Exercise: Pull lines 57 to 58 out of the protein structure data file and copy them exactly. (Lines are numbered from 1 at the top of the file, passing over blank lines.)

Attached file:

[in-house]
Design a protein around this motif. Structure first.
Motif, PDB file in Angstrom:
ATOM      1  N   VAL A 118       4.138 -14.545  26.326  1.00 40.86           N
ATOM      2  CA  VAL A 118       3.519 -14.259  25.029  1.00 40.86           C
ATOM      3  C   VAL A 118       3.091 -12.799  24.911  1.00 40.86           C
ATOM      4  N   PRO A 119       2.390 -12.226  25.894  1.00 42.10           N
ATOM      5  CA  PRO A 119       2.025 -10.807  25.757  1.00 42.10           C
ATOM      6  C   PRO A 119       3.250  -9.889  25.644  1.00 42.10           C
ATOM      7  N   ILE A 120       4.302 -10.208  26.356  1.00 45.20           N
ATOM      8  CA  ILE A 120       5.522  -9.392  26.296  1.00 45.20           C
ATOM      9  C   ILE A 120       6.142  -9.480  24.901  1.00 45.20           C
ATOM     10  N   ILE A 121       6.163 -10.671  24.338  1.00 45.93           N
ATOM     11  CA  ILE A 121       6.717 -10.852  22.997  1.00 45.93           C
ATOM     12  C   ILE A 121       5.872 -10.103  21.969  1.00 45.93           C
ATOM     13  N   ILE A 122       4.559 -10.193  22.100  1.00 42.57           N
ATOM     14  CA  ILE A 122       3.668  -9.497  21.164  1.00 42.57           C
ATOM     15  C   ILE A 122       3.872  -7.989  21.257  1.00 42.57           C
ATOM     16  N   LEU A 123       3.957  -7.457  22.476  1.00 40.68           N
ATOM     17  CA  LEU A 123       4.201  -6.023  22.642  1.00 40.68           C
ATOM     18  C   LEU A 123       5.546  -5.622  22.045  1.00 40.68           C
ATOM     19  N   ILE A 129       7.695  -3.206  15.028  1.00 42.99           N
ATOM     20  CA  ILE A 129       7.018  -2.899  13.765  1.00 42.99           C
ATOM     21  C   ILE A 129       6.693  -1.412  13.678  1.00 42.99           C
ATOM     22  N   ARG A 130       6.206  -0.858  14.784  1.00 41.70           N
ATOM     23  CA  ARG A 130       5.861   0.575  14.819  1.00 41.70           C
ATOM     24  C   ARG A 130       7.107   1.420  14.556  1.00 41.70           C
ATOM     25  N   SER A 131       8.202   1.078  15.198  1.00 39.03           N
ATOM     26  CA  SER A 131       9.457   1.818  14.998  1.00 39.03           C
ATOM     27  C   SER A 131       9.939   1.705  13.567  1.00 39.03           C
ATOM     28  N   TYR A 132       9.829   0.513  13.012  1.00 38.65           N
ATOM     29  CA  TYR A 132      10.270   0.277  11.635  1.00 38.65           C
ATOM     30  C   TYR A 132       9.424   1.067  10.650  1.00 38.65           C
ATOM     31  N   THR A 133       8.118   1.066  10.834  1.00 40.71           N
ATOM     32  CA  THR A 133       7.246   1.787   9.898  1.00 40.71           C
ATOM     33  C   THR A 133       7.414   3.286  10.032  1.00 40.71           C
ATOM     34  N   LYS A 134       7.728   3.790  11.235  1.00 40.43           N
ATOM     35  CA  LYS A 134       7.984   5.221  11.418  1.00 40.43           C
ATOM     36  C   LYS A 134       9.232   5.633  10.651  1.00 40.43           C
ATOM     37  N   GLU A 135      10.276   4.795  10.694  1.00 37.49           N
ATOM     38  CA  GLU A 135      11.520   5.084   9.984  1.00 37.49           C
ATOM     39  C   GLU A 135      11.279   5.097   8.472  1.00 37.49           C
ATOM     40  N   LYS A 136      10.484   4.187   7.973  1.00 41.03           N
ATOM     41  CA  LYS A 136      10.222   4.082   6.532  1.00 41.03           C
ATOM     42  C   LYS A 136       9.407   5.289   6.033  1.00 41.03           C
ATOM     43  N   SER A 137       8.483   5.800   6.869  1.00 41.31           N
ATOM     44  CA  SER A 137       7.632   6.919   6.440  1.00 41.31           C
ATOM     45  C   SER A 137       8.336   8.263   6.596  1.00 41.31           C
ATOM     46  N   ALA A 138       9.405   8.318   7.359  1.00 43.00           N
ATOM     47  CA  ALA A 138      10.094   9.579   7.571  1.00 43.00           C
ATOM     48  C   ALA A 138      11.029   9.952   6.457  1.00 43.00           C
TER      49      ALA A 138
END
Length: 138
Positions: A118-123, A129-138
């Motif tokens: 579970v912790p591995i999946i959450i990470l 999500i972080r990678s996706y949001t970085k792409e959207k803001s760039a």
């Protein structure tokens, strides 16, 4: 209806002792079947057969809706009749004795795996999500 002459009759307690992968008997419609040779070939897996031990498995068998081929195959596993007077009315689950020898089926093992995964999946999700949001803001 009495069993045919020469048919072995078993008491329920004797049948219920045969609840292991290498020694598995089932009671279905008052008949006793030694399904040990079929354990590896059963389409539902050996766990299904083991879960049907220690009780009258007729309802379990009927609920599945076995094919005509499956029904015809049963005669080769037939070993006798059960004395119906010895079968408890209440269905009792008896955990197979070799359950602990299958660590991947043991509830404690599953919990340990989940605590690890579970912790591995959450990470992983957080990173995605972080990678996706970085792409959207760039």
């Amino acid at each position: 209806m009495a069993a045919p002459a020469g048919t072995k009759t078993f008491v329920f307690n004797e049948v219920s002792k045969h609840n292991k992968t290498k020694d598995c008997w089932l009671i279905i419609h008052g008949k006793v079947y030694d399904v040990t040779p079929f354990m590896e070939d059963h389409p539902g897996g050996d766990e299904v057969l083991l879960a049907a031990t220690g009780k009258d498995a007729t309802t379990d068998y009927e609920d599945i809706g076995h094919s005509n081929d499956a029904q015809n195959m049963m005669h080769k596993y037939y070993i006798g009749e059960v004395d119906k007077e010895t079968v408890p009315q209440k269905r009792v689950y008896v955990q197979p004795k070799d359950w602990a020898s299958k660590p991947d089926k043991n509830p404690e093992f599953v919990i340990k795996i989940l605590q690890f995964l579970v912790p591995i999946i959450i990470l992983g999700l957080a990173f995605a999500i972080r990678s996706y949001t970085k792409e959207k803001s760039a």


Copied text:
């Protein structure tokens, strides 16, 4: 209806002792079947057969809706009749004795795996999500 002459009759307690992968008997419609040779070939897996031990498995068998081929195959596993007077009315689950020898089926093992995964999946999700949001803001 009495069993045919020469048919072995078993008491329920004797049948219920045969609840292991290498020694598995089932009671279905008052008949006793030694399904040990079929354990590896059963389409539902050996766990299904083991879960049907220690009780009258007729309802379990009927609920599945076995094919005509499956029904015809049963005669080769037939070993006798059960004395119906010895079968408890209440269905009792008896955990197979070799359950602990299958660590991947043991509830404690599953919990340990989940605590690890579970912790591995959450990470992983957080990173995605972080990678996706970085792409959207760039």
């Amino acid at each position: 209806m009495a069993a045919p002459a020469g048919t072995k009759t078993f008491v329920f307690n004797e049948v219920s002792k045969h609840n292991k992968t290498k020694d598995c008997w089932l009671i279905i419609h008052g008949k006793v079947y030694d399904v040990t040779p079929f354990m590896e070939d059963h389409p539902g897996g050996d766990e299904v057969l083991l879960a049907a031990t220690g009780k009258d498995a007729t309802t379990d068998y009927e609920d599945i809706g076995h094919s005509n081929d499956a029904q015809n195959m049963m005669h080769k596993y037939y070993i006798g009749e059960v004395d119906k007077e010895t079968v408890p009315q209440k269905r009792v689950y008896v955990q197979p004795k070799d359950w602990a020898s299958k660590p991947d089926k043991n509830p404690e093992f599953v919990i340990k795996i989940l605590q690890f995964l579970v912790p591995i999946i959450i990470l992983g999700l957080a990173f995605a999500i972080r990678s996706y949001t970085k792409e959207k803001s760039a």